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Can my employer eliminate my job while I’m on FMLA leave?

On Behalf of | Sep 14, 2021 | Family and Medical Leave Act (FMLA) |

When you go on leave from your job and are covered under the Family and Medical Leave Act, you may think that you are completely protected against losing your job. Unfortunately, that isn’t the entire truth. While you may be able to return to your job if it still remains at the company, your employer actually has no legal requirement to keep the position if there is a legitimate reason to eliminate it.

According to findings by the U.S District Court for the Northern District of California, the FMLA doesn’t stop an employee from being terminated if their job ends up being removed from the workplace while they’re away. For example, if a worker has a position as a secretary and the employer determines that the secretary is no longer needed because they are meeting clients on-location, then the job may be legitimately eliminated.

Can employers eliminate positions at any time to get around the FMLA?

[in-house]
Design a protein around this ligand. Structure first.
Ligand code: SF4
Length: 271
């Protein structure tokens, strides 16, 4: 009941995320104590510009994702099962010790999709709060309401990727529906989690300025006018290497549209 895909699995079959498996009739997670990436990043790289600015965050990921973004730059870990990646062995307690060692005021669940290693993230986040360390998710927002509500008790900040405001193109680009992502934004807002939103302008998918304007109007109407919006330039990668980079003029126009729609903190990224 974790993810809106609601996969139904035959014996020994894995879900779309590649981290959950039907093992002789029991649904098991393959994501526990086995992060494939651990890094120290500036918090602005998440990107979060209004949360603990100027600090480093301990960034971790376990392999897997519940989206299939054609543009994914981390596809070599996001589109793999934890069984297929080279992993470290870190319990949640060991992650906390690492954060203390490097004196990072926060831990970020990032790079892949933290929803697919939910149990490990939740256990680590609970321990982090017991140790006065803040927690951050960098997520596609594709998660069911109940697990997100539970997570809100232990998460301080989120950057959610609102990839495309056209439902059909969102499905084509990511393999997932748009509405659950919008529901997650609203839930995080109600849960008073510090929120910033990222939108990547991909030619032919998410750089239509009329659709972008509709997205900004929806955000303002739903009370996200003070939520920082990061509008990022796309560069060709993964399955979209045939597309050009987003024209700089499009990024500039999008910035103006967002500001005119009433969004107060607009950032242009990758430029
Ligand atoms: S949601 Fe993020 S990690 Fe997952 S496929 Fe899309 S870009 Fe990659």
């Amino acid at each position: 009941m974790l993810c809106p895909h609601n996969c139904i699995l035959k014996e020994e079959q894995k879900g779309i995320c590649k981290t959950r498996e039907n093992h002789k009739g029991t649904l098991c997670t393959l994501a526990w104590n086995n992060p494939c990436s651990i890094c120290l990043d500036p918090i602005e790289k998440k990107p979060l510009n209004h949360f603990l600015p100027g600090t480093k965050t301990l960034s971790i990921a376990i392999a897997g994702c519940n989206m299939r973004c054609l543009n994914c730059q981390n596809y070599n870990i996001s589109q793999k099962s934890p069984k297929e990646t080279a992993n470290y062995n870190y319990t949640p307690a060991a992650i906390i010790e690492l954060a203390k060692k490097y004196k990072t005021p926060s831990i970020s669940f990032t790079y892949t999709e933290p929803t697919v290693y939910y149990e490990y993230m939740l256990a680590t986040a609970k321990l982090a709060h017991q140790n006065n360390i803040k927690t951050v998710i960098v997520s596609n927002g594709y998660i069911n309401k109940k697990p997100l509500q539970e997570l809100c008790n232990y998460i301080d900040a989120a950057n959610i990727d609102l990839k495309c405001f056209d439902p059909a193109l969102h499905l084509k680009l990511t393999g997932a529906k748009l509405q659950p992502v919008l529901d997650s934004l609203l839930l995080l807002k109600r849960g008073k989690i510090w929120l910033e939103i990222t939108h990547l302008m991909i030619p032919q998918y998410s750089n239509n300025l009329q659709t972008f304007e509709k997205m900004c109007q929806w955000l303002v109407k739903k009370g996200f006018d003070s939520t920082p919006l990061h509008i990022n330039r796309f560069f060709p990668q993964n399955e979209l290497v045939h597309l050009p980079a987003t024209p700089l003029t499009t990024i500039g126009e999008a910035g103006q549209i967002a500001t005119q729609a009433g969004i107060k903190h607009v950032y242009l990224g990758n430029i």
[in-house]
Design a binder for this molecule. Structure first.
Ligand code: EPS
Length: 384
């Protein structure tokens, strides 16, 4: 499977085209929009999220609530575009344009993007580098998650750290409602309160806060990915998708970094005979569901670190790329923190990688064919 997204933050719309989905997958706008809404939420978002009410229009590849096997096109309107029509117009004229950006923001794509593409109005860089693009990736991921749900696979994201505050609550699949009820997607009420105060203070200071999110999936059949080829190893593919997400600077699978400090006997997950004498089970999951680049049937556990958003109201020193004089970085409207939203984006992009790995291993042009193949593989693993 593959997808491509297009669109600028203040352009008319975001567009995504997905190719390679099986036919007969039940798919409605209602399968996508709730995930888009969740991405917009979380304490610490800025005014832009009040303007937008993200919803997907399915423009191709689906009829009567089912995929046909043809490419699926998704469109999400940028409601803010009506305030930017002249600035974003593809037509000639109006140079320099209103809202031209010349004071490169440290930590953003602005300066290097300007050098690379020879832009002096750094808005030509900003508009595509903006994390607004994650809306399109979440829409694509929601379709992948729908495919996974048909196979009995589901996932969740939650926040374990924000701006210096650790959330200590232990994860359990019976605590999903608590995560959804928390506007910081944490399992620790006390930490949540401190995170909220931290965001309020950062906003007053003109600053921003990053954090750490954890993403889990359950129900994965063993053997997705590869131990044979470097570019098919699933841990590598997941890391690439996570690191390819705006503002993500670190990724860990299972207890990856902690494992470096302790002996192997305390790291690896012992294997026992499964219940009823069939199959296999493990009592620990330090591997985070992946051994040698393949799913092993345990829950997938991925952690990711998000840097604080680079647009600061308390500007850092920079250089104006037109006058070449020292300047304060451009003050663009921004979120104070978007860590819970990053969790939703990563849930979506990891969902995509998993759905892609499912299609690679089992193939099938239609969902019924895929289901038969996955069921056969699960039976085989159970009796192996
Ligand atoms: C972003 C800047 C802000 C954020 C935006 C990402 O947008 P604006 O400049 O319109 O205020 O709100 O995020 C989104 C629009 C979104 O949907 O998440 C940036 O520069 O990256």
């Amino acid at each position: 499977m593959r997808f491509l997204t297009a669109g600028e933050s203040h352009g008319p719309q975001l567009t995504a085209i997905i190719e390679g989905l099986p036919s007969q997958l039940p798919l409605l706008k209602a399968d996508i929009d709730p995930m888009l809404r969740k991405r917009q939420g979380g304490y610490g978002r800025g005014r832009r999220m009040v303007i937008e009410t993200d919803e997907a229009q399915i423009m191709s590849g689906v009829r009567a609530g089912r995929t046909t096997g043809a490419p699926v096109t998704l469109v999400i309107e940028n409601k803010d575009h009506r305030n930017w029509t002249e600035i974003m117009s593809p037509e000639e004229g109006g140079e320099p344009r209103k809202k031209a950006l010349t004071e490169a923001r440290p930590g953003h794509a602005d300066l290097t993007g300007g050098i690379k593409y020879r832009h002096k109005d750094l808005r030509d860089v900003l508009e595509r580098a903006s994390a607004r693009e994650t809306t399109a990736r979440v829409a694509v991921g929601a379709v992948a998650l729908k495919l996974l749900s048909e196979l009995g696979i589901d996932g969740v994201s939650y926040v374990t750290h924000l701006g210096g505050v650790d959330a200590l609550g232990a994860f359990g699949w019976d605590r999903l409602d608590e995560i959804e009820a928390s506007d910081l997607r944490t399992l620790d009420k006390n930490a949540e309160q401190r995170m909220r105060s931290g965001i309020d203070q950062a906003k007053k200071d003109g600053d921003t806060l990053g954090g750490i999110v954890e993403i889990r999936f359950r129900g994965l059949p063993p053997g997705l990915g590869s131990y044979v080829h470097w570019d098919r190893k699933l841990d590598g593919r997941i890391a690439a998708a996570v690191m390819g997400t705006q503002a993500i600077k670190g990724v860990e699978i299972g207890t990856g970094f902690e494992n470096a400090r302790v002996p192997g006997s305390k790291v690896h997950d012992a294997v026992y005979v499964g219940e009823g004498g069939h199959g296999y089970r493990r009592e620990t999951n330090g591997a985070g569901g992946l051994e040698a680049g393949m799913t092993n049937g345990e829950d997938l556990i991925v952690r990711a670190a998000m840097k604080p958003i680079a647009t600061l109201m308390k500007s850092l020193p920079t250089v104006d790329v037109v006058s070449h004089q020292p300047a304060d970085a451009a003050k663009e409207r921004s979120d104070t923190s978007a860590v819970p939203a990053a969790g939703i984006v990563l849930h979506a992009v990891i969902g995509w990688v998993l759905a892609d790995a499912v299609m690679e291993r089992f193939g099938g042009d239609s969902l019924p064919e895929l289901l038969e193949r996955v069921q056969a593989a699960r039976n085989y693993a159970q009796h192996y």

Positions are eliminated from workplaces often, and that may influence if a person can come back after they take time off under the FMLA. However, employers aren’t allowed to eliminate the position out of retaliation or just to make it so that the employee cannot return.

There does have to be a legitimate reason for the position to be removed, such as if the company has been losing revenue or if the company restructures its positions to be more efficient.

How can you prove that your employer’s actions were discriminatory?

You can take steps to prove that a position was eliminated due to retaliation or discrimination. One thing that may help your case is if you show that another person is doing the same job as you under a new title. In essence, the job is the same, and you may be able to prove that the renaming was to skirt the FMLA regulations.

Similarly, if your received threats or were told you were going to lose your position because of time you took off under the FMLA, then you may be able to make a case against your employer.